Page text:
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|Title:||The impact of restrictions on neonicotinoid and fipronil insecticides on pest management in maize, oilseed rape and sunflower in eight EU regions|
|Authors:||KATHAGE JONAS; CASTANERA PEDRO; ALONSO-PRADOS JOSE LUIS; GOMEZ BARBERO MANUEL; RODRIGUEZ CEREZO EMILIO|
|Citation:||PEST MANAGEMENT SCIENCE vol. 74 no. 1 p. 88-99|
|Type:||Articles in periodicals and books|
|Abstract:||BACKGROUND: In 2013, the European Commission restricted the use of three neonicotinoids (clothianidin, imidacloprid, thiamethoxam) and the pyrazole fipronil, widely used to control early season pests. Here, we use original farm survey data to examine the impact of the restrictions on pest management practices in eight regional case studies including maize, oilseed rape and sunflower in seven EU countries. RESULTS: In four case studies, farmers switched to using untreated seeds as no alternative seed treatments were available. In three case studies, farmers switched to using unrestricted neonicotinoid- or pyrethroid-treated seeds. In five case studies, farmers increased the use of soil or foliar treatments, with pyrethroids as the principal insecticide class. Other changes in pest management practices ranged from increased sowing density to more frequent scouting for pests. Many farmers perceived that the time, cost and amount of insecticides required for protecting crops increased, along with pest pressure. Alternative seed treatments were mostly perceived as being less effective than the restricted seed treatments. CONCLUSION: Farmers generally relied on alternative seed treatments or more soil/foliar treatments in the first growing season after the restrictions. Further study is required to assess the effectiveness and sustainability of these alternatives compared to the restricted insecticides.|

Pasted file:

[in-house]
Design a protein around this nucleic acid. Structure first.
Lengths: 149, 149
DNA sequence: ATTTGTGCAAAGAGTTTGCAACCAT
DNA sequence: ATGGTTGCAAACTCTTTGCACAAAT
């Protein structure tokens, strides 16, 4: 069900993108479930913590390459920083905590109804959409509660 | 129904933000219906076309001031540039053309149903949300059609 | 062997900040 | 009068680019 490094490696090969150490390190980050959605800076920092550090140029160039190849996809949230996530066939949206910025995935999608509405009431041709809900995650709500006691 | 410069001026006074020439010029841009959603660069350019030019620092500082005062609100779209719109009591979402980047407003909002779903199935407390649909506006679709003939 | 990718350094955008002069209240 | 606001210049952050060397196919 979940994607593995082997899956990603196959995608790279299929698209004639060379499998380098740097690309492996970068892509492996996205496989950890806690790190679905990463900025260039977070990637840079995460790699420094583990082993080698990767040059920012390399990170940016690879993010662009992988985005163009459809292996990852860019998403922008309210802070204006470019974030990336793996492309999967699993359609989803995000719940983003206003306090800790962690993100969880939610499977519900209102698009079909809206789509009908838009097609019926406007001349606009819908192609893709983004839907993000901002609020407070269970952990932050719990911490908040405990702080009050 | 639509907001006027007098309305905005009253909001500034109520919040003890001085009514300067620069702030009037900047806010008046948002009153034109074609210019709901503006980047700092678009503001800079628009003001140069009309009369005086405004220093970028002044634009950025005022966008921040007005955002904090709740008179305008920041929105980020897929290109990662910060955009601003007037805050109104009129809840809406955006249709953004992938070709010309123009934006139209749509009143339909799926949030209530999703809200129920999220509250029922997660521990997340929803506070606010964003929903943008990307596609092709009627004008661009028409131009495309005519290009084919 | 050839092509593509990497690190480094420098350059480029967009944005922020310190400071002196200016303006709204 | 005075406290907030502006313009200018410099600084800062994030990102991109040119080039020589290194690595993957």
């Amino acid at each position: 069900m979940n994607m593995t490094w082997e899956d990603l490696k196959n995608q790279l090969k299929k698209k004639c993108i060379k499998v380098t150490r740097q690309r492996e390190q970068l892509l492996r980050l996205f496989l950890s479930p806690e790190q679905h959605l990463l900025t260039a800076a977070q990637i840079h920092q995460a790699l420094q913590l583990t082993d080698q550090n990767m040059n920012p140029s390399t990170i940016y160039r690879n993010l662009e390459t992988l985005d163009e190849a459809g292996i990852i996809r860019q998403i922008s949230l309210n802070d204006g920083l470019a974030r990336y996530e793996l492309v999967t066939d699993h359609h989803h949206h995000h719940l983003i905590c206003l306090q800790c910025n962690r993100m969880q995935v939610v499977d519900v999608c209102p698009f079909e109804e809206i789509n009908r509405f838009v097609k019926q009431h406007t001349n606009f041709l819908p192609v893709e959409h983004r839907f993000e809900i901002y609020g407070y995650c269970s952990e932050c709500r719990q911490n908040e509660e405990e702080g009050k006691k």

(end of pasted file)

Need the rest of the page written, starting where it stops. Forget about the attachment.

|JRC Directorate:||Sustainable Resources|
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